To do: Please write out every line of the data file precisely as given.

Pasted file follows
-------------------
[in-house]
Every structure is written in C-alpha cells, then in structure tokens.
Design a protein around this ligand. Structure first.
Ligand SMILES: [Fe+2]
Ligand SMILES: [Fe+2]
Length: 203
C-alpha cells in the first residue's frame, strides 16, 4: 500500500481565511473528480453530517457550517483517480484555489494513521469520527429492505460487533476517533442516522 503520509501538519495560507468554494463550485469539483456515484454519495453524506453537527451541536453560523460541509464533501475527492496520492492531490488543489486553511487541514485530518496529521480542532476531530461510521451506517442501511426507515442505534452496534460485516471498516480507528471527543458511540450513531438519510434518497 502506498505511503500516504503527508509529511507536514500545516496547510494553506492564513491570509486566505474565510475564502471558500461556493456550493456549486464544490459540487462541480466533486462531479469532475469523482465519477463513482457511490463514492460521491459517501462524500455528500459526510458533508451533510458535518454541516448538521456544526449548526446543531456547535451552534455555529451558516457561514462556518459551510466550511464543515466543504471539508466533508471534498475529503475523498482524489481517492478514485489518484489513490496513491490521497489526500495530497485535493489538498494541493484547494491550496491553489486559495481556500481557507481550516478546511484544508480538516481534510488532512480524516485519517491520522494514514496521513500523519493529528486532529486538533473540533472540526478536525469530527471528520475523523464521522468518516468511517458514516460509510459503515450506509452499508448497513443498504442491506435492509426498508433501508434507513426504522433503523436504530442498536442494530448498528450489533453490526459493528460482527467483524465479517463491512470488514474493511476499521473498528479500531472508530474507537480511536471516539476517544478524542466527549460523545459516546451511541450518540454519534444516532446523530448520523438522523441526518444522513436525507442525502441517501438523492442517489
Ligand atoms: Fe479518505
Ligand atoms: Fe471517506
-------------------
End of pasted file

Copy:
[in-house]
Every structure is written in C-alpha cells, then in structure tokens.
Design a protein around this ligand. Structure first.
Ligand SMILES: [Fe+2]
Ligand SMILES: [Fe+2]
Length: 203
C-alpha cells in the first residue's frame, strides 16, 4: 500500500481565511473528480453530517457550517483517480484555489494513521469520527429492505460487533476517533442516522 503520509501538519495560507468554494463550485469539483456515484454519495453524506453537527451541536453560523460541509464533501475527492496520492492531490488543489486553511487541514485530518496529521480542532476531530461510521451506517442501511426507515442505534452496534460485516471498516480507528471527543458511540450513531438519510434518497 502506498505511503500516504503527508509529511507536514500545516496547510494553506492564513491570509486566505474565510475564502471558500461556493456550493456549486464544490459540487462541480466533486462531479469532475469523482465519477463513482457511490463514492460521491459517501462524500455528500459526510458533508451533510458535518454541516448538521456544526449548526446543531456547535451552534455555529451558516457561514462556518459551510466550511464543515466543504471539508466533508471534498475529503475523498482524489481517492478514485489518484489513490496513491490521497489526500495530497485535493489538498494541493484547494491550496491553489486559495481556500481557507481550516478546511484544508480538516481534510488532512480524516485519517491520522494514514496521513500523519493529528486532529486538533473540533472540526478536525469530527471528520475523523464521522468518516468511517458514516460509510459503515450506509452499508448497513443498504442491506435492509426498508433501508434507513426504522433503523436504530442498536442494530448498528450489533453490526459493528460482527467483524465479517463491512470488514474493511476499521473498528479500531472508530474507537480511536471516539476517544478524542466527549460523545459516546451511541450518540454519534444516532446523530448520523438522523441526518444522513436525507442525502441517501438523492442517489
Ligand atoms: Fe479518505
Ligand atoms: Fe471517506